Manuel Blum is the Bruce Nelson Professor of Computer Science at Carnegie Mellon University. Born in Venezuela, Blum has had an impressive career working on the theoretical underpinnings of programming and algorithms, notably computational complexity theory (roughly, how long it takes a program to solve a problem), cryptography (code making and breaking), and program verification and checking, an area of immense importance to practical software development.
Blum received his bachelor’s and master’s degrees in electrical engineering and computer science (EECS) from Massachusetts Institute of Technology (MIT). His supervisor was the late Marvin Minsky, a pioneer of Artificial Intelligence and a founding member of the group that launched AI in the 1950s. He spent nearly four decades as a professor of computer science at the University of California, Berkeley, until 1999. He then joined the faculty of computer science at Carnegie Mellon, where he has developed his early research on complexity theory into practical results that have proven immensely important for algorithm design and study: the compression theorem, the gap theorem, and the Blum speedup theorem. Blum’s interest in cryptology has also yielded important results. Perhaps best known are CAPTCHAs (Completely Automated Public Turing test to tell Computers and Humans Apart), the ubiquitous challenge-response quizzes that appear on web pages when users access or sign up for content. Blum and three other researchers coined the term in 2003, though there has been some dispute about who originated the idea.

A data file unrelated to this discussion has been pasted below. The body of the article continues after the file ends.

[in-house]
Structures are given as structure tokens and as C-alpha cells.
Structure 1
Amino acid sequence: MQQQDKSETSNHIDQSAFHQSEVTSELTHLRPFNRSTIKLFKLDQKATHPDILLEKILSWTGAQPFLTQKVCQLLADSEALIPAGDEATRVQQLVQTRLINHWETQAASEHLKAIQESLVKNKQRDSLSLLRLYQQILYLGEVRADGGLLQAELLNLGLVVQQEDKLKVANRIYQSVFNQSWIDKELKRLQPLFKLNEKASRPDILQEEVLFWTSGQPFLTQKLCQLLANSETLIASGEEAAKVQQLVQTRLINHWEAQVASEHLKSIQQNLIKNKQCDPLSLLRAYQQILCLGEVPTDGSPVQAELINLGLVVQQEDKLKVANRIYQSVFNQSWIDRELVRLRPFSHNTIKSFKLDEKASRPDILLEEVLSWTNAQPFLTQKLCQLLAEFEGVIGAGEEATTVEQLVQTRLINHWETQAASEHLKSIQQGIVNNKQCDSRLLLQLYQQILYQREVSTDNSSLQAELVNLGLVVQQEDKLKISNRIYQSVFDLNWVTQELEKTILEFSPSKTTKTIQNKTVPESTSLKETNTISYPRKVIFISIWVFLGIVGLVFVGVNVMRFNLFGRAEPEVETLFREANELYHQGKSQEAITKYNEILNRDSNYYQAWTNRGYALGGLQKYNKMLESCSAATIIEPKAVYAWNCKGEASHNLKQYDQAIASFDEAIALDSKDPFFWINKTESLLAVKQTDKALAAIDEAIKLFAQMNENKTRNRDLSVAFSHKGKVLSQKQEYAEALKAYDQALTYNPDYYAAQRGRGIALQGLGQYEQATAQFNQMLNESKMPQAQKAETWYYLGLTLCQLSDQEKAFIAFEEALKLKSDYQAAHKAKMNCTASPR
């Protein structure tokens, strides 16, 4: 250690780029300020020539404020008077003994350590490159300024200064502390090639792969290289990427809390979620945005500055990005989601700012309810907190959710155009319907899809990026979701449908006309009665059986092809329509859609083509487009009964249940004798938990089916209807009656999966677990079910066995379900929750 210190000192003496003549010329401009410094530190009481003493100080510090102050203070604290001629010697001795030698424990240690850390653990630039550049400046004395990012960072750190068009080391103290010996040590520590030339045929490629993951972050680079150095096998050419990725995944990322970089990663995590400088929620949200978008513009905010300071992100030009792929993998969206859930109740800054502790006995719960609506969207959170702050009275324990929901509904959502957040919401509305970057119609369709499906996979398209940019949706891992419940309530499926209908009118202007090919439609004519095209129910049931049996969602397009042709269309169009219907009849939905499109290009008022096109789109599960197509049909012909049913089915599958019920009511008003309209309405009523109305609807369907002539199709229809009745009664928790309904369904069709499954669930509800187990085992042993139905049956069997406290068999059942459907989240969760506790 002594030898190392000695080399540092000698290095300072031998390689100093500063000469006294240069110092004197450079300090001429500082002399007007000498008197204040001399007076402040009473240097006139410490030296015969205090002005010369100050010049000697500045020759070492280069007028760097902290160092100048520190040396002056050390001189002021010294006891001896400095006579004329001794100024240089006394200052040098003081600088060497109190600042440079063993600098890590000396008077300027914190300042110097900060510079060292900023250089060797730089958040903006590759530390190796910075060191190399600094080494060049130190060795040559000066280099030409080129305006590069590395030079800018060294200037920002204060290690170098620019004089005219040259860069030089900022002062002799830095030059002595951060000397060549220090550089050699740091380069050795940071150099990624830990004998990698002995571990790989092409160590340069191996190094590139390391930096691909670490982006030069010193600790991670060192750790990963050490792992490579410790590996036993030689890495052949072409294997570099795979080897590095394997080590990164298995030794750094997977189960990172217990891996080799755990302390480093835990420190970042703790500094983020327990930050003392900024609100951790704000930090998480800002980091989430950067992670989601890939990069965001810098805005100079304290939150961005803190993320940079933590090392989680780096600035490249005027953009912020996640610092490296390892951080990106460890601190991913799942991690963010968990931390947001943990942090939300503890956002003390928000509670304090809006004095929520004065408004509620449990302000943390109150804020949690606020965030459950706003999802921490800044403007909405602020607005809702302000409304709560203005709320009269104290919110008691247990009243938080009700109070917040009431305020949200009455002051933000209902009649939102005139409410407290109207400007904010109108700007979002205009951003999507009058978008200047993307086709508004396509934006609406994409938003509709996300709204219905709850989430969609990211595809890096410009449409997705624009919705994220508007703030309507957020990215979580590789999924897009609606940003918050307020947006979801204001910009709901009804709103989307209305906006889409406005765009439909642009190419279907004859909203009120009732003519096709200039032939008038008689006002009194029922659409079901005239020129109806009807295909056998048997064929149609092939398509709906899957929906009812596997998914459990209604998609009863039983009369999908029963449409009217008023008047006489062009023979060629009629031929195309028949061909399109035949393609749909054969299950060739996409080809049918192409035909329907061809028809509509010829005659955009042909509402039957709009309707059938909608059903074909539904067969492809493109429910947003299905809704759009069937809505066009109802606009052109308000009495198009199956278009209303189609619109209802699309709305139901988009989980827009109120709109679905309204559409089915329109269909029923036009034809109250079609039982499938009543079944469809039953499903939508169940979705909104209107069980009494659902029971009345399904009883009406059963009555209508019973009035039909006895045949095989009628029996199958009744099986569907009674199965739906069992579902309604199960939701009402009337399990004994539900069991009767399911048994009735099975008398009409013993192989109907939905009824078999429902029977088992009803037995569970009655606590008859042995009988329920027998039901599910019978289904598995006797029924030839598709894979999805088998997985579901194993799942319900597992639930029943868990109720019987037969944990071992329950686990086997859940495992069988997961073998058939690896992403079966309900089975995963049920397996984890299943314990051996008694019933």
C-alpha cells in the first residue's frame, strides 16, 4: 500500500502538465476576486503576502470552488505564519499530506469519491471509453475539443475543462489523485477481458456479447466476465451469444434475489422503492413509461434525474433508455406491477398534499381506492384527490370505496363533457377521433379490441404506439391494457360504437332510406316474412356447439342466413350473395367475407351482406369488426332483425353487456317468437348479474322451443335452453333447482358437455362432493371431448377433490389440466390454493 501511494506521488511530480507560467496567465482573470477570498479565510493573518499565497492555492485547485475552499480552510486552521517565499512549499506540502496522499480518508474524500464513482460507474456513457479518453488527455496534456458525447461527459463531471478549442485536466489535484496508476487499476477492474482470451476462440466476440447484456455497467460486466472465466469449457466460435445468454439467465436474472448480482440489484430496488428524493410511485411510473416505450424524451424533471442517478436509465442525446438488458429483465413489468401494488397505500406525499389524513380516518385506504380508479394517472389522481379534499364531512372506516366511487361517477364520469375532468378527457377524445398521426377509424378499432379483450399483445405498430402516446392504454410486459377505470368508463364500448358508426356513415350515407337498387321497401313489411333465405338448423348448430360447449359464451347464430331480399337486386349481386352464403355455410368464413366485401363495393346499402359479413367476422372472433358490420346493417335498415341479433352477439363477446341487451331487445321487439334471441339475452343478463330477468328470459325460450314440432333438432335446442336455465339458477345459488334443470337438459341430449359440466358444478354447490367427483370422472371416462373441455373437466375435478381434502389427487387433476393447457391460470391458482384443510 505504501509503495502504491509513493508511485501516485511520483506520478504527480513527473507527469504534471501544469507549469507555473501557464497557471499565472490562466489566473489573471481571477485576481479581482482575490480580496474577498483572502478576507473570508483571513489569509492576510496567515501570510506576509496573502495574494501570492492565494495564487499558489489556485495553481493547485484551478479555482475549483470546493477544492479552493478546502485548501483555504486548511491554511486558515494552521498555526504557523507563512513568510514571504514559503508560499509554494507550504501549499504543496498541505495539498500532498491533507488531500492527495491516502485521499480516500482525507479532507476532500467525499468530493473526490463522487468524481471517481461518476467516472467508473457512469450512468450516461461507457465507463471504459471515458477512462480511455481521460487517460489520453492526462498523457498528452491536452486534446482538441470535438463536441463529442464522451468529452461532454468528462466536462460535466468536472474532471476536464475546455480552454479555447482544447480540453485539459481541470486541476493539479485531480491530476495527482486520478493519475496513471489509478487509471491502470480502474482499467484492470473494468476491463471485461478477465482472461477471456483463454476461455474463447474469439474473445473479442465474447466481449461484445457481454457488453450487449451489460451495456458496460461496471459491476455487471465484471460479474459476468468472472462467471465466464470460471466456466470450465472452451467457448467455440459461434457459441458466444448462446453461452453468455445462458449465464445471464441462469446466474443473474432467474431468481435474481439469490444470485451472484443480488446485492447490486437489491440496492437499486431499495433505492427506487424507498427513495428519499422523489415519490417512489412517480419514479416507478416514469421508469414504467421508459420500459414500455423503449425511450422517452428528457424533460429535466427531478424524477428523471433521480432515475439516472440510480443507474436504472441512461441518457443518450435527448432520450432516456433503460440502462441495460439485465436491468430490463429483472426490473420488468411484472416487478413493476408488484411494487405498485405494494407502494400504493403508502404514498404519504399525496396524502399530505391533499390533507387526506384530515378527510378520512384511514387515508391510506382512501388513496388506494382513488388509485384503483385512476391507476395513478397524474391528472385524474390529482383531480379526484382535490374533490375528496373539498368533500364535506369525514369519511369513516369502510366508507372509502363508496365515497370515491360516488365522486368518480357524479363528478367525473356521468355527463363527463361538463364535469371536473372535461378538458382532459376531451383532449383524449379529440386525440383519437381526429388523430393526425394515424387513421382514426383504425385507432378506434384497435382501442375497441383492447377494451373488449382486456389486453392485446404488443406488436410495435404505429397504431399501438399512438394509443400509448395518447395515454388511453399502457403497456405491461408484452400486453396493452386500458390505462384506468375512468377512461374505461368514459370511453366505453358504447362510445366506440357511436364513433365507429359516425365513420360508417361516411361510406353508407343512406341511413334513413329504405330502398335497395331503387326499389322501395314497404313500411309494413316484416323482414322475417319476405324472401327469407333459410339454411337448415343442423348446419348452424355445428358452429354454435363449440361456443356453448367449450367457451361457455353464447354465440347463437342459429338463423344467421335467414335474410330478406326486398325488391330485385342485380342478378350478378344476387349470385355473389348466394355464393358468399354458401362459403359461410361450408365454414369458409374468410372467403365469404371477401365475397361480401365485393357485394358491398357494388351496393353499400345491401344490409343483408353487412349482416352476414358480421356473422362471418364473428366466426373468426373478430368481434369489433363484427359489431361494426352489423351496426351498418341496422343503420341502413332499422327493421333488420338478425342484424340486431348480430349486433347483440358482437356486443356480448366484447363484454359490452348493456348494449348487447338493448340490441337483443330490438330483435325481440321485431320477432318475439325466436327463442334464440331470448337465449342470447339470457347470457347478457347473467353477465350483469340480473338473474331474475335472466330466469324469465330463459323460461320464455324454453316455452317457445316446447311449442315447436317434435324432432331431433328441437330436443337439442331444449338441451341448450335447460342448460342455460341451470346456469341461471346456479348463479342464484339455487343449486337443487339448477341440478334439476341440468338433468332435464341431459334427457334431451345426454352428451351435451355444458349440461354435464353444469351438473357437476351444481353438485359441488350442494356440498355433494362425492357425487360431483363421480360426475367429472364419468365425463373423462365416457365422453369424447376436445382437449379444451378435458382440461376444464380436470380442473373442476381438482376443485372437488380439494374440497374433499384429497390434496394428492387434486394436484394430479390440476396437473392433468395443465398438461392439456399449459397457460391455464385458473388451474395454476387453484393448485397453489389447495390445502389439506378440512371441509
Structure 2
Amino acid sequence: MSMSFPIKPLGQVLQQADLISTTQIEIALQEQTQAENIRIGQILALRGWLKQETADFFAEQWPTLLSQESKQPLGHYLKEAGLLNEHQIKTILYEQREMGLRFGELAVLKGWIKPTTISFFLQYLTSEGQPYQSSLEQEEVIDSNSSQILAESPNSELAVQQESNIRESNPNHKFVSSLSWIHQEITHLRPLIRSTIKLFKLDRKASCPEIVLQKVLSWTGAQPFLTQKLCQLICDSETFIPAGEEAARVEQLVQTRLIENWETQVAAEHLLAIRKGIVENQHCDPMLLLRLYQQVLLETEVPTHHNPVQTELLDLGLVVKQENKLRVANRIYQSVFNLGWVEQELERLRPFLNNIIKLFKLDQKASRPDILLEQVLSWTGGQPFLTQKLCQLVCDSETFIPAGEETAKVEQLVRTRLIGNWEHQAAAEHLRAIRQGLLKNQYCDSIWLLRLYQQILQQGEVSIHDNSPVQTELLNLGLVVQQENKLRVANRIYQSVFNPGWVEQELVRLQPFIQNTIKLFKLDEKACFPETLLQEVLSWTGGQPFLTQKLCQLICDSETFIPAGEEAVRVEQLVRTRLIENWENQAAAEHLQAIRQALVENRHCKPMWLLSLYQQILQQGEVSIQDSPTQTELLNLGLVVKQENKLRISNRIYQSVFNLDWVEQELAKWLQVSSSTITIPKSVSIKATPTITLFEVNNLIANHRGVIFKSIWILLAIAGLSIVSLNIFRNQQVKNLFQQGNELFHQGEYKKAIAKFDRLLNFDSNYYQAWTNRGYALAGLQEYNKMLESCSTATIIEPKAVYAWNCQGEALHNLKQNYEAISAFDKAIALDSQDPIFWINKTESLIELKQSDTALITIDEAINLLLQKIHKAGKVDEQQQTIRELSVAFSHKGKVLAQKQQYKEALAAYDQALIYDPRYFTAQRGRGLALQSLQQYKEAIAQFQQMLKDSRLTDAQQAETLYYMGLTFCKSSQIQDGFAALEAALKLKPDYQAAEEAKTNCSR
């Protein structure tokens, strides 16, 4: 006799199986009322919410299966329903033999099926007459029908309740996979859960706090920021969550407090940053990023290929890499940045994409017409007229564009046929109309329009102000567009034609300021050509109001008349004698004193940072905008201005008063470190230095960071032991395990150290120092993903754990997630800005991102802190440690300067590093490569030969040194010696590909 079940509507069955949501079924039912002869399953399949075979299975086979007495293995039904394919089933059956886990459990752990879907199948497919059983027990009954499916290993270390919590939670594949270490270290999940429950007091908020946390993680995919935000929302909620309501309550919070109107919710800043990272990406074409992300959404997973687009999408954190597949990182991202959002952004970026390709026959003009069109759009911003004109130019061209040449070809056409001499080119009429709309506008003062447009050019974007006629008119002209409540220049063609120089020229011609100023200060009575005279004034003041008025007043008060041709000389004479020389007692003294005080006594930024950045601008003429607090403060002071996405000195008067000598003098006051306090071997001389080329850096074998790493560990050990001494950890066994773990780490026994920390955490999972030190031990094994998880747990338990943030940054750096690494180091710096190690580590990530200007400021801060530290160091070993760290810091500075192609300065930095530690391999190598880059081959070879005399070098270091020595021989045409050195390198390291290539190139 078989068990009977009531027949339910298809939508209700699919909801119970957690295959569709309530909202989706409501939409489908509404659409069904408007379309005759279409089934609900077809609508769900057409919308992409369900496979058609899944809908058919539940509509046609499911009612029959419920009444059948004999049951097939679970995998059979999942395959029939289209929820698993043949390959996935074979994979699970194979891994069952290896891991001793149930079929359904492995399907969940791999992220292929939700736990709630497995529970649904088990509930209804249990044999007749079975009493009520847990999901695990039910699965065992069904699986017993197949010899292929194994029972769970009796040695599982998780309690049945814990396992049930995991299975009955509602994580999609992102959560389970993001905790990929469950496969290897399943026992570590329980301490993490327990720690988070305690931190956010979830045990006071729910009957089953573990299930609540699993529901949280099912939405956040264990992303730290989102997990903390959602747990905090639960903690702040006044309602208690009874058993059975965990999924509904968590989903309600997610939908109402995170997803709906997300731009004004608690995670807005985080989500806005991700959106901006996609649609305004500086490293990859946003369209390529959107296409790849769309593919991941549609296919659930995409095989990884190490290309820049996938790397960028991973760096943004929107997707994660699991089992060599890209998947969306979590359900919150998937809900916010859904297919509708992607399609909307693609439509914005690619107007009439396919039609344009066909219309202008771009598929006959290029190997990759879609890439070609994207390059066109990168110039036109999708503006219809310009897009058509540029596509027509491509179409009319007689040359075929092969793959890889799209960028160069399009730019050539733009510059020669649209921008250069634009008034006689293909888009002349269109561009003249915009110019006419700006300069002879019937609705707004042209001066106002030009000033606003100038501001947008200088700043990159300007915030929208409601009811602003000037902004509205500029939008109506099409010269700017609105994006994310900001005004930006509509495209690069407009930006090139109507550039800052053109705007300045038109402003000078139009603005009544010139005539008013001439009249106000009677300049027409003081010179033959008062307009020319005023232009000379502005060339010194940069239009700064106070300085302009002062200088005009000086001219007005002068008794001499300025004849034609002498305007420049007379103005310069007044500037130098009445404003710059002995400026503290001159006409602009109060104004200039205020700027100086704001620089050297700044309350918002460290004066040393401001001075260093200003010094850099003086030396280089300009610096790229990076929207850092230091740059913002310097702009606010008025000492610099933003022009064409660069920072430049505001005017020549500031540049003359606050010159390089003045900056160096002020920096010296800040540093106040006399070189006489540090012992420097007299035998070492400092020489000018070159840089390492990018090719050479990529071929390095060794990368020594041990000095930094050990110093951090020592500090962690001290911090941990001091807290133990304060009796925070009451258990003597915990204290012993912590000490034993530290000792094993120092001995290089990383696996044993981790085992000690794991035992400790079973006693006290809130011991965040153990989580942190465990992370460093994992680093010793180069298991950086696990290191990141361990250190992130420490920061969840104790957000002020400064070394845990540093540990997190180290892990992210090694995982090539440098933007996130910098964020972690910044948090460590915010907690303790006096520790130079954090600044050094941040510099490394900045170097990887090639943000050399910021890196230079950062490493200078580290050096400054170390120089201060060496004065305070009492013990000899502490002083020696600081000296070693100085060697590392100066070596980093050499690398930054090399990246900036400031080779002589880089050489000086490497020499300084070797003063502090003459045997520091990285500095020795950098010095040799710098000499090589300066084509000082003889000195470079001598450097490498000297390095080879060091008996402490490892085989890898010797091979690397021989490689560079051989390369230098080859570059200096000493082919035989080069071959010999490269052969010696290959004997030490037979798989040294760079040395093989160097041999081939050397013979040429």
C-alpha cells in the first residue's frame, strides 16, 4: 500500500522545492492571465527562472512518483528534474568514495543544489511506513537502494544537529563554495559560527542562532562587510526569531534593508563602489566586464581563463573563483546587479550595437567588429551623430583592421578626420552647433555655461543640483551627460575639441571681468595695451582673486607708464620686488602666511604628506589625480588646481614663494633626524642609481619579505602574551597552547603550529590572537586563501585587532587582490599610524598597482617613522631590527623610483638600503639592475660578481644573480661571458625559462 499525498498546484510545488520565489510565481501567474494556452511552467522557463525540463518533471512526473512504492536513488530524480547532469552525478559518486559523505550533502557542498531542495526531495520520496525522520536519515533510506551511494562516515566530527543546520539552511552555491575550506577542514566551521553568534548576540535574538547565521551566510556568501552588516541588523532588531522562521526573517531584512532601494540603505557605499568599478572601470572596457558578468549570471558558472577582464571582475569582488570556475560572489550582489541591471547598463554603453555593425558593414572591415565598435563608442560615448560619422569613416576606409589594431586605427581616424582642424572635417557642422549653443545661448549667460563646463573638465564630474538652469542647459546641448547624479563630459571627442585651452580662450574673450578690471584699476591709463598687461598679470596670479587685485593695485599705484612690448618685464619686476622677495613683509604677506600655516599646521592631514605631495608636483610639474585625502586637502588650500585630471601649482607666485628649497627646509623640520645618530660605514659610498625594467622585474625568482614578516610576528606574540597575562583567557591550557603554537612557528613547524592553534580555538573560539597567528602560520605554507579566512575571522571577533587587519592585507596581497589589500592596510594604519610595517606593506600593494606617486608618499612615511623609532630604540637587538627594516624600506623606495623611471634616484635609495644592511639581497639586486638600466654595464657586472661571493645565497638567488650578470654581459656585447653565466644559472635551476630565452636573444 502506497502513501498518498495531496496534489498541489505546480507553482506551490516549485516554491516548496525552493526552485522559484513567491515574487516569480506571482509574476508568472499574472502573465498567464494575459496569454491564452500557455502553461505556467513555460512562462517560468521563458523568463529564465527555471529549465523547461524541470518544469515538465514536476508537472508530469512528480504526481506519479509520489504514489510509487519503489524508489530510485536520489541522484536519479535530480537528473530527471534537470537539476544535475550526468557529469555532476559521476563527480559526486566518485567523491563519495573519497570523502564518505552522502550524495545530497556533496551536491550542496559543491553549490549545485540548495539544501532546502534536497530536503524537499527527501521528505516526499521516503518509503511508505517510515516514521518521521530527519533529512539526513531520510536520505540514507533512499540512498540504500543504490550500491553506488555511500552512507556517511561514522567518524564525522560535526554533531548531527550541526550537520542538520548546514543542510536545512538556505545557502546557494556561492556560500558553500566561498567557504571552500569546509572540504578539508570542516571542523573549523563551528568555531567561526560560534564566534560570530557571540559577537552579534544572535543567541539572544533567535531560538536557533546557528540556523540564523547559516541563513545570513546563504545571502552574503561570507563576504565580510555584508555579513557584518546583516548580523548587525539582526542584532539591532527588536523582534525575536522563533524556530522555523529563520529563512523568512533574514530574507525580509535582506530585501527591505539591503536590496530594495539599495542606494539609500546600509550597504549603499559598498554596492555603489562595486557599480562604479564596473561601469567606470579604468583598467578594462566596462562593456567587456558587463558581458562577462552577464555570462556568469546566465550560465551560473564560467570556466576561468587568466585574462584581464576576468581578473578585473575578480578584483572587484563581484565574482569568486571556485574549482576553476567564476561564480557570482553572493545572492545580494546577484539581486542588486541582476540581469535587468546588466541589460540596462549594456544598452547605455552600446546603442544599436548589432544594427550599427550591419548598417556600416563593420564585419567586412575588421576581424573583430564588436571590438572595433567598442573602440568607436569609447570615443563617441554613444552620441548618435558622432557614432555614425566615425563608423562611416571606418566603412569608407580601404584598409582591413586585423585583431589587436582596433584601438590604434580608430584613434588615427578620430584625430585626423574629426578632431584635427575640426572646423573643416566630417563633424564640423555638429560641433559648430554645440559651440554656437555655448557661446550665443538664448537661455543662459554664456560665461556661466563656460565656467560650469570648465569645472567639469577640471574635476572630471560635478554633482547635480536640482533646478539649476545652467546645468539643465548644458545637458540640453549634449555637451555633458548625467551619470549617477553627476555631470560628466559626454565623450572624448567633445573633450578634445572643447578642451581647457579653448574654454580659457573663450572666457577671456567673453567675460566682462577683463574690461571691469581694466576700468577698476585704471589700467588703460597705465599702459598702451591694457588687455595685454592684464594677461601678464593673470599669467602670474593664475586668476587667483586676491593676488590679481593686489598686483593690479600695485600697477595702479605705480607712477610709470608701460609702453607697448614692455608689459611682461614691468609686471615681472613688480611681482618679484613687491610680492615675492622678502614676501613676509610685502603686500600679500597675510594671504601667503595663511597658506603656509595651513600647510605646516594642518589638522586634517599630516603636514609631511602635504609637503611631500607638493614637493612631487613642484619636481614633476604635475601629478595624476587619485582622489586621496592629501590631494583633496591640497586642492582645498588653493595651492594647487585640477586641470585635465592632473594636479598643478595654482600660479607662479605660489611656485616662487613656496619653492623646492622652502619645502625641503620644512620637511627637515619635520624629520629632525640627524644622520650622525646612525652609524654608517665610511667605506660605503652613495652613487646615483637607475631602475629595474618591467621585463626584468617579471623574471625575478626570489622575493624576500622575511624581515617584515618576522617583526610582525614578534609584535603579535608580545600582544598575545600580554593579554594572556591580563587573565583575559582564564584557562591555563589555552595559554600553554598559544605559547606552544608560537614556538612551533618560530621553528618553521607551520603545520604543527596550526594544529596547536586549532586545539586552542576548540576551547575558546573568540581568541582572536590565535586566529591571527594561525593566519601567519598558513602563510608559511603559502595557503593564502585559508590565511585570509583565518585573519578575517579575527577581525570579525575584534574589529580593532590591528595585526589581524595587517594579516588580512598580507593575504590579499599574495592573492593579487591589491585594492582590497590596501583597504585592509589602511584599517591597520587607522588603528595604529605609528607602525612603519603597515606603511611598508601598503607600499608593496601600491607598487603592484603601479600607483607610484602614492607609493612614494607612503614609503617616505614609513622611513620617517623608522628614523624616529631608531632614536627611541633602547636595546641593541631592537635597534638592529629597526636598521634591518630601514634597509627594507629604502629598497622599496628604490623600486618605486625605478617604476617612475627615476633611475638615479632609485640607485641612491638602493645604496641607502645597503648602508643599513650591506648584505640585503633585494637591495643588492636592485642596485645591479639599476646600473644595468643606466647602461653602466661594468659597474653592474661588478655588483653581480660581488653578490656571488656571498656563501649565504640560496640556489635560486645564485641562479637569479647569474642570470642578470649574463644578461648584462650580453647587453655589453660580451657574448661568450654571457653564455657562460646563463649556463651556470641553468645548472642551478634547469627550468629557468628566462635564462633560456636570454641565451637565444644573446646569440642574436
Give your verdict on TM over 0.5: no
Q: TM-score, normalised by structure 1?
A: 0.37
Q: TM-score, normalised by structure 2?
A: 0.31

Blum won the Turing Award in 1995 for his work on computational complexity theory, and in 2002 he was elected to the Academy of Sciences in the United States.
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